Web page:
PICKLEBALL DIVIDES A RETIREMENT COMMUNITY & HIGHLIGHTS THE STRAIN OF NOT HAVING ENOUGH RETIREMENT INCOME

PICKLEBALL DIVIDES A RETIREMENT COMMUNITY & HIGHLIGHTS THE STRAIN OF NOT HAVING ENOUGH RETIREMENT INCOME

By:  David I Gensler, MSPA, MAAA, EA

A recent article in the Wall Street Journal (WSJ) highlighted the fact that many middle-class boomers are financially unprepared for their “golden years” and how this led to social tensions within a specific retirement community. Read More

SAVING FOR YOUR KIDS’ COLLEGE vs. SAVING FOR RETIREMENT- IF YOU LAG BEHIND CAN YOU CATCH UP AFTER YOU BECOME EMPTY NESTERS?

 

When it comes to growing your retirement nest egg, conventional wisdom calls for us to start early and then to save 10% – 15% of your income. That’s great but for many of us, totally unrealistic. The day to day expenses of the child rearing years, coupled with the need to save for college can cause many of us to not save enough for retirement. A recent article in the Wall Street Journal (WSJ) suggests that all is not lost. By following a certain strategy and sticking to that plan, empty nesters can make up for the years where not enough was set aside for retirement. I do have some questions about their assumptions, but we will get to that later. Read More

Has It Really Been Forty Years?

By: David I Gensler, MSPA, MAAA, EA

Madison Pension Services first opened its doors on July 1, 1978. Being an actuary, it is not hard to figure out that July 1, 2018 will represent our fortieth year in business. Forty years is a long time and it has gone by in the blink of an eye. For you millennials and Gen Xers, let’s take a look back at what life was like in 1978. Read More

What People Fear the Most

By: David I Gensler, MSPA, MAAA, EA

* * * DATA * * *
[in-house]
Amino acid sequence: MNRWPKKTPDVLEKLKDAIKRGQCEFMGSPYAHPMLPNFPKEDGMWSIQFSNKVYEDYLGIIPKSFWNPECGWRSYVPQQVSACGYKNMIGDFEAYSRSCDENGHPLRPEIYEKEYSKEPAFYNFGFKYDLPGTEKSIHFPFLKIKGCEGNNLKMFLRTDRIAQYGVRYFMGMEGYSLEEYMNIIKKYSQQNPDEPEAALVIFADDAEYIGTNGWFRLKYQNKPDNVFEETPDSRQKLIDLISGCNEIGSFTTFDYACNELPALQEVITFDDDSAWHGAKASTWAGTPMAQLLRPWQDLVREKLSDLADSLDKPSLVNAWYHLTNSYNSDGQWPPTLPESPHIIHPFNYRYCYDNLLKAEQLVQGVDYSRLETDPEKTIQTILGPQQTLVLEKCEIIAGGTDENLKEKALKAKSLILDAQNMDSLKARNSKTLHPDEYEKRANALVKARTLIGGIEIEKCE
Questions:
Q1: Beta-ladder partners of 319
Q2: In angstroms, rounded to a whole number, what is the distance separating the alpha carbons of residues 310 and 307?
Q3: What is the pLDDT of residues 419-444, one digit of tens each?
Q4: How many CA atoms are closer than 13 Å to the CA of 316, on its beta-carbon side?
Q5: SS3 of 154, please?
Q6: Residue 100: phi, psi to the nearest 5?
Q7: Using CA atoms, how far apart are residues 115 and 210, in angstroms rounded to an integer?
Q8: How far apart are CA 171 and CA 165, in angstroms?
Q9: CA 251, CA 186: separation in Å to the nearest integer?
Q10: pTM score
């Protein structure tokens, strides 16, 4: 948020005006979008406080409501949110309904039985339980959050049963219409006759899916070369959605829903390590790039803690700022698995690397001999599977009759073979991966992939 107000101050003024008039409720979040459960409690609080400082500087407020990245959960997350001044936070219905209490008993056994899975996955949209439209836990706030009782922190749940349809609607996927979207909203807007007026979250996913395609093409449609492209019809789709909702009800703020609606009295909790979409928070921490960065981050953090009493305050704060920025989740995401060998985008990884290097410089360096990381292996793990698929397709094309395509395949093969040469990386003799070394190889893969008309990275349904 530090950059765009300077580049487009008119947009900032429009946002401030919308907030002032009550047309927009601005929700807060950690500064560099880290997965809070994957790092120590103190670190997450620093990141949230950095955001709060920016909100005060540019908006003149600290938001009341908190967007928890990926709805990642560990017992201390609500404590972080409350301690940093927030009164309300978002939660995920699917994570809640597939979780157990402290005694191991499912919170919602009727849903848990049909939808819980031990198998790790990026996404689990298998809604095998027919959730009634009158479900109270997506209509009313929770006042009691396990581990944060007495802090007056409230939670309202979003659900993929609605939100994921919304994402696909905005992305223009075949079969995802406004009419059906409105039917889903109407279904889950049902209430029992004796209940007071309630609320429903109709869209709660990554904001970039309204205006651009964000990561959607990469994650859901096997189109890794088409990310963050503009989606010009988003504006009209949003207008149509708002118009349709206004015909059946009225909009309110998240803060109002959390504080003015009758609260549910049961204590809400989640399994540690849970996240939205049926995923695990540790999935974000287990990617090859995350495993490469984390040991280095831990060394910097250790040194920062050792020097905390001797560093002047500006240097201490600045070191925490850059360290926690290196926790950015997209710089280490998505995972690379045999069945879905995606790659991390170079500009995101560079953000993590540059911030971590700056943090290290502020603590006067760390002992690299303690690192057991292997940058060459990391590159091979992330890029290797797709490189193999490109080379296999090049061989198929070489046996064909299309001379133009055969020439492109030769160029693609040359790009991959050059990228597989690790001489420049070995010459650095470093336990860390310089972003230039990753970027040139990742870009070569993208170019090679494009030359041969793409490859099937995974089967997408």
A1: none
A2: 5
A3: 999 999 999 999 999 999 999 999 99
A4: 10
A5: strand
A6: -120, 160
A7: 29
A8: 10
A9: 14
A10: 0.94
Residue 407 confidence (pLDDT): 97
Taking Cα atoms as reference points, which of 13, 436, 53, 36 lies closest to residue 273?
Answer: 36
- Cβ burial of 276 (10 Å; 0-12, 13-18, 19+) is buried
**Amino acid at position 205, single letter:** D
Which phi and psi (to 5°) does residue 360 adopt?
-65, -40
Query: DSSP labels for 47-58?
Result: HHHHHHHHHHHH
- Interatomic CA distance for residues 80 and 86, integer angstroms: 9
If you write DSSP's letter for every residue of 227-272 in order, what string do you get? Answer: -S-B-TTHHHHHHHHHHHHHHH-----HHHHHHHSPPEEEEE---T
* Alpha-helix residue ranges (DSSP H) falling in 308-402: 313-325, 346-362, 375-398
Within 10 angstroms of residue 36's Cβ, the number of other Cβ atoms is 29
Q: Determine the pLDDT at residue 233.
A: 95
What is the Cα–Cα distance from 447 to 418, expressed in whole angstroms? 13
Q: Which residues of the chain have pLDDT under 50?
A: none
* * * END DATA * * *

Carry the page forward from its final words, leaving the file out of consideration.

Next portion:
When I looked at various top ten lists of what people fear the most, public speaking was invariably number one. Also making the top ten list was a fear of heights, flying, snakes, spiders, zombies and clowns. But I noticed that a new fear had emerged. And as baby boomers age out of the work force, it seemed to be moving up the list rather rapidly (although I doubt that it will ever replace the fear of public speaking as number one). That fear is the very real concern about running out of money in retirement. Read More

Business Owners: Find Your Best Retirement Plan—Part 2

By the Madison Pension Editorial Team

As we addressed in Part 1, your options for implementing a retirement plan for yourself and your employees extends beyond the typical 401(k) plan. Retirement plan sponsors should investigate popular retirement vehicles, even to supplement their 401(k) plans, to ensure they are maximizing benefits for participants based on the unique needs of their organizations.

In Part 1, we covered a defined benefit (DB)/defined contribution (DC) combo plan, which can help businesses lower their income taxes and make up for lost time in putting aside money for retirement. In this segment, we will highlight one particular DB plan known as a cash balance plan, which also contains many elements of a DC plan. A few of its elements also closely resemble those of a 401(k) plan. If this all sounds a bit confusing, read on to see how it all irons out.

While cash balance plans are the fastest-growing retirement plans in the country, only about 10,000 such plans exist in the United States, compared to about 500,000 401(k) plans.  Yet, cash balance plans grew in popularity by around 500 percent during the 2001-2011 decade. Why? These plans allow owners of small firms (50 or fewer employees) to avail themselves of considerably higher tax-deductible contribution limits than 401(k) plans allow.

Let’s look at how cash balance plans compare to other types of plans noted above:

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Cash Balance Plans: Putting More Tax-Deferred Money Away for Retirement

By David Gensler, President

Cash balance plans are the fastest-growing retirement plan in the country—flooding a market saturated with 401(k) profit-sharing plans, which are on a flat to slightly downward trajectory. According to market research, cash balance plans—hybrids of defined benefit (DB) and defined contribution (DC) plans—increased in number by 500 percent during the 10-year period ending in 2011.

So, what’s the big deal with cash balance plans? In a nutshell, they offer business owners the opportunity to avail themselves of considerably higher tax deductible contribution limits compared to 401(k) plans, reducing their tax bill and allowing them to accumulate more retirement wealth at an accelerated rate.

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